My mum is 70 and has PSP 😢: Hi, I’m not... - PSP Association

PSP Association

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My mum is 70 and has PSP 😢


Hi, I’m not sure if anyone is still using this site as I have noticed posts were 4 years ago but I am desperate to talk to people that have had a loved one with PSP. My mum was diagnosed about 4 years ago with Parkinson’s and about a month ago Mum was admitted to hospital and the neurologist looked straight at her and said you don’t have Parkinson’s you have PSP.

I am now trying to get my ahead around this awful disease. Mum is in rehab at the moment she had good days and bad. Mum is vey stary and very softly spoken, she at times needs assistance eating but can not be alone to walk shower or anything.

Rehab have advised Mum needs 24x7 care and that it will be to hard for me cause within months Mum will get dramatically worse.

I would love to chat to anyone that has been through this before

23 Replies

Welcome and sorry you found the site. Yes it's a very active site, people post from all over the planet here about themselves or loved ones struggling with these diseases.

Feel free to ask anything, someone will reply normally in short order.


Kezzamum in reply to Dadshelper

Hi Ron

I am so devastated to see my mum go through this. Mum still has her mind and is fully aware of what is going on around her.

I am really struggling with knowing I am only going to have my mum for maybe a short time but I have also been advised by drs etc that Mum needs 24x7 care. I’m not sure how far we are in this journey

Welcome Kezzamum. This forum is very active and I promise it will be a great resource with tons of information. What I love about the forum the most is the tremendous amount of emotional support. Everyone here knows what you’re going through and I find it comforting to know I am not alone. My 75 yr old dad was diagnosed with PSP 6 months ago.

Kezzamum in reply to tlovins

Hi, for something so rare I am so sorry you are all experiencing this with your loved one. I have tried being with my mum in hospitals and rehab for the last 5 weeks I have not wanted to leave her side as I feel I’m clinging on to every last clear moment I have with her.

Hi Kezzamum

Yes we are here and active.


If you don't log in Health Unlocked gives you random posts from the past. After logging in it shows the live timeline of posts.

PSP is just different. It is not the end. It's doable and there is time for love and sharing still.

Just in case you have not seen the PSP Association site here it is:

The information for professionals is really worth a read. Also we have found it useful to print out appropriate sections and hand it to that professional if they have little previous experience of PSP. A lot more professionals are aware of PSP these days (Thanks to PSP Assoc.) however you will meet many who don't know a lot. We have found it very important to stress that it's not like Alzheimer's and, in many cases, the person still has capacity to think and make decisions.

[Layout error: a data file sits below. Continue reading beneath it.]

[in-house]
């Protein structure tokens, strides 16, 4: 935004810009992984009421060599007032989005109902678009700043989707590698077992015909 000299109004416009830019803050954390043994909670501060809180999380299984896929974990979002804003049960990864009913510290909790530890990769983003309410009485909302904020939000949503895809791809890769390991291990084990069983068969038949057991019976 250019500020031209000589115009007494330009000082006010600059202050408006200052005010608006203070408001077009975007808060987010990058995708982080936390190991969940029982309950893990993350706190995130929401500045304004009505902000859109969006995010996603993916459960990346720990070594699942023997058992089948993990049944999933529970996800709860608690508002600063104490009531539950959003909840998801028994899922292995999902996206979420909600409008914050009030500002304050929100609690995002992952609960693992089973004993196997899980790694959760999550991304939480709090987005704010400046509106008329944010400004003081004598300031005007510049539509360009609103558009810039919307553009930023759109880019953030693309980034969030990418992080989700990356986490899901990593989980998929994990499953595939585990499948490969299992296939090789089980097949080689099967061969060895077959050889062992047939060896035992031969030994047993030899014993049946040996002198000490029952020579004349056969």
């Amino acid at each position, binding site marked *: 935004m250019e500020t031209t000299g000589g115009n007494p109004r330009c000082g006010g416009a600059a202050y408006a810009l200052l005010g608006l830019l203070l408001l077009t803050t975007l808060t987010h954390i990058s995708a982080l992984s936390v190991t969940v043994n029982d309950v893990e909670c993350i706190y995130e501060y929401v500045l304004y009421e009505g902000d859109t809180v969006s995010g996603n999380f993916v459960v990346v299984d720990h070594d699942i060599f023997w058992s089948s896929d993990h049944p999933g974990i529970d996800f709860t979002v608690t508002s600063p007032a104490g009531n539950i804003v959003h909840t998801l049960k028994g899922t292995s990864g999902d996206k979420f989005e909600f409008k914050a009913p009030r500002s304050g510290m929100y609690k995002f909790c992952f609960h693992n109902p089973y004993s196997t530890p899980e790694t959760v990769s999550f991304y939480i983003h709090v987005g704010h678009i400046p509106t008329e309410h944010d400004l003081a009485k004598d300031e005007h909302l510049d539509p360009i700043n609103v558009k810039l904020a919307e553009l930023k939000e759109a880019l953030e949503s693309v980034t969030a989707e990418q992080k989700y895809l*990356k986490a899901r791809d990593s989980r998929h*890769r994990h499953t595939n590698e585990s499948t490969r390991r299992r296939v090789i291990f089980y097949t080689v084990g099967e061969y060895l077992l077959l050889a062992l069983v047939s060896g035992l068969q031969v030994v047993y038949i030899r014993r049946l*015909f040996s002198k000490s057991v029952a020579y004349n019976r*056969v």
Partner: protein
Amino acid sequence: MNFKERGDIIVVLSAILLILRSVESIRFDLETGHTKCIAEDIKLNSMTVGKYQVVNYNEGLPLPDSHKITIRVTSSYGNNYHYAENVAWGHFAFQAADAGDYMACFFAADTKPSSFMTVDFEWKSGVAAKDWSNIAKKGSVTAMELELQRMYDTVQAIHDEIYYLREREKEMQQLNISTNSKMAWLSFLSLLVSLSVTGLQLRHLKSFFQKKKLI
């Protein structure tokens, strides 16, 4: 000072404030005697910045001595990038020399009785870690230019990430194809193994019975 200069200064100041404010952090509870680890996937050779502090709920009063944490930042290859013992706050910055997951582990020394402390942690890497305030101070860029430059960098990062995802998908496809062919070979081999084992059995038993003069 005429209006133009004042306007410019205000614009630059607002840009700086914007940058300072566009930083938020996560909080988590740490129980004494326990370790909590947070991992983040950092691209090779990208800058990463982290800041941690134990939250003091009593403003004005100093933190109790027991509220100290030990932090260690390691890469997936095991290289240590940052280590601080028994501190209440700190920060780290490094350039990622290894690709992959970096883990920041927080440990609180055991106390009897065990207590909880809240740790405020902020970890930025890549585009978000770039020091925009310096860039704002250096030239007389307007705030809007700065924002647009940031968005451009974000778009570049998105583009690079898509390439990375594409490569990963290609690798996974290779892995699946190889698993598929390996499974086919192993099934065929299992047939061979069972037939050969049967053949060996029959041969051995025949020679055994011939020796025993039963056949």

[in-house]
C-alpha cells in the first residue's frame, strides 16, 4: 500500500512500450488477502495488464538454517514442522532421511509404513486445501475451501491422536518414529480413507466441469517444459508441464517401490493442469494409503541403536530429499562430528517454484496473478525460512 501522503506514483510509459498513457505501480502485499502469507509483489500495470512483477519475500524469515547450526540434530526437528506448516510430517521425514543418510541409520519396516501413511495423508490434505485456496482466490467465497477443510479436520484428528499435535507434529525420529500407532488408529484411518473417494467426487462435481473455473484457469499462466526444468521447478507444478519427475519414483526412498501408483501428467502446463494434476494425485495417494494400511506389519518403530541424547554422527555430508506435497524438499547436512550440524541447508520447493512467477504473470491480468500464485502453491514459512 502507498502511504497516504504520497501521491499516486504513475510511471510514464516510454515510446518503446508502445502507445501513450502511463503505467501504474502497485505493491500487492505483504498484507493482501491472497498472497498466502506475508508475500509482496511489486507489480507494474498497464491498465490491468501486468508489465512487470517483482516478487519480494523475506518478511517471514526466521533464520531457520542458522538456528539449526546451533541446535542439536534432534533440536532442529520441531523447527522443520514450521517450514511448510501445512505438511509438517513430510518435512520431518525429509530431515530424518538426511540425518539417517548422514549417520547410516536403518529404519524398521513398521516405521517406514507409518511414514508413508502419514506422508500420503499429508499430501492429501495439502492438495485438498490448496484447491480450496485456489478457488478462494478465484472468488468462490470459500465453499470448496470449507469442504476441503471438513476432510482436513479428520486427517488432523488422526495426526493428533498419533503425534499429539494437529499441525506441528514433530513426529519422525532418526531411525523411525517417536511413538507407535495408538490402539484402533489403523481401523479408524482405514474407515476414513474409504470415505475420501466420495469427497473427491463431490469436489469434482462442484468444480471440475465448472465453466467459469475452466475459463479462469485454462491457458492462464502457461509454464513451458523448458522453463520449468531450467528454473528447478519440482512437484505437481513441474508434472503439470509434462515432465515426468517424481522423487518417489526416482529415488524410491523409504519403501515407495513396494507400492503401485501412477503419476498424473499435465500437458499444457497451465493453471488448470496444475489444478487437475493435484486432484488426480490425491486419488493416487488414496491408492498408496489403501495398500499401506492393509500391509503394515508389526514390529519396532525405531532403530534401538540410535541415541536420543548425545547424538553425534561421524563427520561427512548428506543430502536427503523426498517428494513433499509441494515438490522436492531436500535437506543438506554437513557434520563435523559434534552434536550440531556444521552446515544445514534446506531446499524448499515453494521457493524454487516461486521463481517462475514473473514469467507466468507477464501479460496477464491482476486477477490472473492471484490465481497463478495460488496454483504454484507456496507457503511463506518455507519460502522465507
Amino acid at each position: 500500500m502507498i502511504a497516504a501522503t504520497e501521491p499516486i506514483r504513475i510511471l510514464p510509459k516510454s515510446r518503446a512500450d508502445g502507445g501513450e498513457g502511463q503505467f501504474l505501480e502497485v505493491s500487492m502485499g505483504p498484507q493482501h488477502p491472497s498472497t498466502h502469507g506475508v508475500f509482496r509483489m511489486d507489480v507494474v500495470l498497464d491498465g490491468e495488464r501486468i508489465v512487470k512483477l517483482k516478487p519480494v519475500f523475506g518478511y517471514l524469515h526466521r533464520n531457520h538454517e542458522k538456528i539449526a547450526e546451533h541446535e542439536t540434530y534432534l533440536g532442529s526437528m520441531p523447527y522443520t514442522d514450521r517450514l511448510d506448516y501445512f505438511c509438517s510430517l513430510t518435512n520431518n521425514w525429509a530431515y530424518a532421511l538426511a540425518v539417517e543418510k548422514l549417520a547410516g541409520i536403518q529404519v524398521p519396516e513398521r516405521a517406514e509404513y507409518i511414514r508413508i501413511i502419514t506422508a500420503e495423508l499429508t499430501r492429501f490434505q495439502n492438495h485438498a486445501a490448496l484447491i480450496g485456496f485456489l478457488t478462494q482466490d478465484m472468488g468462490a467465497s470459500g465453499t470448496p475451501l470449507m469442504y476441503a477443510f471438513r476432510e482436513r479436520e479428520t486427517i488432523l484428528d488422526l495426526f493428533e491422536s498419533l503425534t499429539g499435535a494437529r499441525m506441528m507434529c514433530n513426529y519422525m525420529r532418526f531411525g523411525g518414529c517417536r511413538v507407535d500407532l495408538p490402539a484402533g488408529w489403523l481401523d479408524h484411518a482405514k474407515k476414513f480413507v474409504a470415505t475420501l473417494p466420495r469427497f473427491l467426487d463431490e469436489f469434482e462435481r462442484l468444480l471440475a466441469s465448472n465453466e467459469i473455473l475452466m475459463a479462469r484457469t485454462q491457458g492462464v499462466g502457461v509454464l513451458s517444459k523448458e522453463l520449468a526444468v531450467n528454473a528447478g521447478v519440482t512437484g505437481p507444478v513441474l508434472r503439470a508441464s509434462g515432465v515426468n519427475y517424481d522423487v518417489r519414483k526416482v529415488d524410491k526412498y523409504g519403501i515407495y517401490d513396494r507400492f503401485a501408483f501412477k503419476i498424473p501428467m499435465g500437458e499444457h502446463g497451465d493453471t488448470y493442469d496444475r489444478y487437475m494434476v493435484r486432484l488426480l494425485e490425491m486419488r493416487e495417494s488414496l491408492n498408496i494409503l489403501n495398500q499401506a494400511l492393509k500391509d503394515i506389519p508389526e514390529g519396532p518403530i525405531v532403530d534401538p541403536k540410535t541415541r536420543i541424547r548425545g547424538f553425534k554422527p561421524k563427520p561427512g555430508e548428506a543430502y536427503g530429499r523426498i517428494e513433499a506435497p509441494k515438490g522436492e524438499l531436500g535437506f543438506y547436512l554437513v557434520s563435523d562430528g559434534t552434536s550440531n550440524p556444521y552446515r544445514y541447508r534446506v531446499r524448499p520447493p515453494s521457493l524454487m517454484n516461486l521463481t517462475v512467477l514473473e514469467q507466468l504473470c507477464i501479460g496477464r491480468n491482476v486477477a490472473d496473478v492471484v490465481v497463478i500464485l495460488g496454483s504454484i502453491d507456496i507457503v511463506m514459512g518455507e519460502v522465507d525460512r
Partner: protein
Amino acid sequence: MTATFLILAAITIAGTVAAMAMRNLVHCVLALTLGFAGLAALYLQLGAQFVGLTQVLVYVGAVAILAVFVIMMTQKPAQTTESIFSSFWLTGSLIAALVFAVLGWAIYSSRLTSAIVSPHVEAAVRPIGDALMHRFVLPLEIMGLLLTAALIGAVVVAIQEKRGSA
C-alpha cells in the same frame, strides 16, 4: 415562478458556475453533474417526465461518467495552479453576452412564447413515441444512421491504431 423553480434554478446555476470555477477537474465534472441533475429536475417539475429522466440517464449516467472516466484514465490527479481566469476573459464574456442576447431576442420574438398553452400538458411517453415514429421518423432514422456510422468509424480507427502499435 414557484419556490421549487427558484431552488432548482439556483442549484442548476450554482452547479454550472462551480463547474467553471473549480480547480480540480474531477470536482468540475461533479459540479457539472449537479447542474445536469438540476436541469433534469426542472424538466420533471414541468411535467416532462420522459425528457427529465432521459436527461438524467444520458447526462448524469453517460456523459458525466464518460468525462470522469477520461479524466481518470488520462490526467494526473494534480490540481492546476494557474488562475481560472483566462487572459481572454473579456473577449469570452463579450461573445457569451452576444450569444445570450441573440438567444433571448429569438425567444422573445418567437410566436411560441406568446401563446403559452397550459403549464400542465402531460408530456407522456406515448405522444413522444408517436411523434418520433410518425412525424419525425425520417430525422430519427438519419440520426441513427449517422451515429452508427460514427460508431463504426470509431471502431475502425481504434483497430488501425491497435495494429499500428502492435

They have a telephone advice line too and it's very good. They are building up a system of 'reps.' in each locale. You may already have one in your area and they too are very good for advice and support.

Your Mum may not get dramatically worse over a few mere months. Sometimes it is years. The time frame is a little different for everyone. Do be cautious about information given to you if it is not from a specialist in PSP. For many the illness goes in steps. A sudden step down in functioning followed by a plateau. Often after a step down there is a slight improvement over a week or so., but the trend is always down.

If your Mum is in hospital and you are in the UK ask for a Continuing Health Care assessment. This will trigger a whole raft of services getting involved and, hopefully, free funding for all of her needs from the NHS. If they say no just come back here and folk will advise on how to push for it. It is often a struggle to get it, but it is so worthwhile.

So welcome to this warm a friendly forum. There is a lot of experience here from many parts of the world. So many times I find my answers here.

Warm welcome


Kezzamum in reply to Kevin_1

Hi Kevin I am in Australia. Mum was diagnosed only 4-5weeks ago after being told it was Parkinson’s. Once they stopped some of the Parkinson’s medication and cleared up a urine infection Mum appeared to get stronger with doing Physio. Mum even started being able to feed herself again and stronger getting in and out of bed. Other than the last 2 days where mums stare is back bad and extremely softly spoken I was starting to think the drs had it wrong. I was told in a family meeting 2 weeks ago By the specialist, physio and social worker than Mum will get worse within 3-6months being wheelchair bound that the spike in her looking a bit better was just due to them stopping some of the medication. I want to be there for my mum I am even trying to move my family to a disabled friendly house but keep getting told this won’t be for long.

I’m scared for my mum and confused. My dad went into hospital 2 weeks ago with pancreatic cancer which they removed his spleen and pancreas so I am now the decision maker I don’t even have my dad to talk to about this as he is so sick after his surgery

Marie_14 in reply to Kezzamum

Kezzamum was your Mother diagnosed with PD just recently or a few years ago? If a few years ago and it has just be changed to PSP then it makes sense that you have been told you are now going to need care 24/7. It could also be because of your Dad. There is no way you will be able to care for both of them. Your Dad is in hospital at present but I am sure you visit him?